oldcourthouseWM 1

- by Micheline Mann

Saving, managing and keeping viable our architectural inventory is important for a number of aesthetic and economic reasons.

Try listing five places that you think more of are worth visiting: Venice, Rome, Paris, Barcelona, England, New York? as well as others. All of these locations have strident and sensitive protection policies

that regulate and control the preservation of their heritage buildings thereby creating some of the most desirable cities for visiting.

Visitors bring money and money attracts businesses which in turn keep communities economically feasible.

More importantly, however, evidence shows that in places where heritage buildings are preserved and protected, the value of surrounding real estate skyrockets. It's a simple matter of supply and demand. Older buildings are a very limited commodity. They are precious and we just don't have that many.
Take the Distillery District in Toronto for example. A derelict section of Toronto now preserved through salvation and repurposing. Rental space in this district is lucrative and vacancies are scarce. Tourists flock to the area.

Another such example is a vast old factory complex at Richmond and Spadina, bought by the Zeidler family in the mid-90s when property wasn't worth much. Margie Zeidler had a vision of a home for artists and it was because of her success with that project that the developers of the Distillery District had the courage to take on such a big project as the Distillery. Each saved building lends importance and continuity so protecting more of them makes sense too.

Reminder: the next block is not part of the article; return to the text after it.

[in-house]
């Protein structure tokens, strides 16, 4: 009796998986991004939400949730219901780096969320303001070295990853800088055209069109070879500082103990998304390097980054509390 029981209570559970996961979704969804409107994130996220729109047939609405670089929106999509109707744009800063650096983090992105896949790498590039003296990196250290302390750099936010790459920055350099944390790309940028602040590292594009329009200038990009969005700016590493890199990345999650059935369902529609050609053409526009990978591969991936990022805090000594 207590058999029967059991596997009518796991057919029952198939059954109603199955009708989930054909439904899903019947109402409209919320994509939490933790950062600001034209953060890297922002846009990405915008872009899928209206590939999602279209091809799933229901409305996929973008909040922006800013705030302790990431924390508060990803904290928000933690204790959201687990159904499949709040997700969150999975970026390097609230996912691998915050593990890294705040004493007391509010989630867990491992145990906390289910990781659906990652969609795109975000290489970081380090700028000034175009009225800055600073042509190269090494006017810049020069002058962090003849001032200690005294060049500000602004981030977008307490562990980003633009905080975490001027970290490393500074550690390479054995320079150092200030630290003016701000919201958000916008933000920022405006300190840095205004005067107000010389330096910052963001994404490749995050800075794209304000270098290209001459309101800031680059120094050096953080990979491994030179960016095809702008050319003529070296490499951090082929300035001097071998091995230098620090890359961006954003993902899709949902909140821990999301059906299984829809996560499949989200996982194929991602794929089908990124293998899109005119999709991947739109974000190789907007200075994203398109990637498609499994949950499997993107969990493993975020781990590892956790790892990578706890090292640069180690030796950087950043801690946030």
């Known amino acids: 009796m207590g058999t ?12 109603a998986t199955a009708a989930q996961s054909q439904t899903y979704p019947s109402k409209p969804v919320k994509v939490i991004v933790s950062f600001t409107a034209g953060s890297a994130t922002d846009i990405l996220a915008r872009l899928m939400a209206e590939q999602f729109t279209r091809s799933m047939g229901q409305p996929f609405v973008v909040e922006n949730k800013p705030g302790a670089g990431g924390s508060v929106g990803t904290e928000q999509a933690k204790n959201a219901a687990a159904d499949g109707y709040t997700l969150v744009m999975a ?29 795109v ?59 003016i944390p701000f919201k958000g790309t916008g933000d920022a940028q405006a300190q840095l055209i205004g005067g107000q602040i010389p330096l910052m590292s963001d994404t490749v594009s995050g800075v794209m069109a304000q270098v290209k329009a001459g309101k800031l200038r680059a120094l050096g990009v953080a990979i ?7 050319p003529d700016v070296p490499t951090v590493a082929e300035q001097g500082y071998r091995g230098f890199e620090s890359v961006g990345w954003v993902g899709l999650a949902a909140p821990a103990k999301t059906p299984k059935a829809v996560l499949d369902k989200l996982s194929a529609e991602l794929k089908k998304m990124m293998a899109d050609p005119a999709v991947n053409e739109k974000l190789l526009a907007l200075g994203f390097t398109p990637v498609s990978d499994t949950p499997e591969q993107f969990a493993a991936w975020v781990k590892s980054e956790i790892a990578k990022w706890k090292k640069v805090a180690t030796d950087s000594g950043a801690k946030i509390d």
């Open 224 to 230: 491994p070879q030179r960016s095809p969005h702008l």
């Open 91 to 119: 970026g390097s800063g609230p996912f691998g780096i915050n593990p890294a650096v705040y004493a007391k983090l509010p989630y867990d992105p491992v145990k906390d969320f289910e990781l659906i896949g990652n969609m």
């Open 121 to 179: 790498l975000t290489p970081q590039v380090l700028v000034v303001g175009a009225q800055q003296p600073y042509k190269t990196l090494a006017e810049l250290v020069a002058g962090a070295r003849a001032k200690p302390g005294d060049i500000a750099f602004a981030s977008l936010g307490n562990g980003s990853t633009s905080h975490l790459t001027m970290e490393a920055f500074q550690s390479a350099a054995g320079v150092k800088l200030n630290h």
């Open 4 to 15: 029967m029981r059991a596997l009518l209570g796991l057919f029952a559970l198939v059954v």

Any town or city's intact heritage is something special that other communities covet. Owen Sound residents should embrace that which is rare and unique here and find ways to capitalize on it so that the whole community benefits. Each time we salvage and repurpose a building such as the jail/courthouse, we set ourselves apart from communities who strive to blindly replace the irreplaceable with mundane, international (as opposed to local), corporate, retail homogenization. It's a terrible process where every place looks like every other place.

When our unique heritage is all gone, why would new businesses, residents and visitors come here? What would anybody come to see?

photo credit: Wil McReynolds




CopyRight ©2015, ©2016, ©2017 of Hub Content
is held by content creators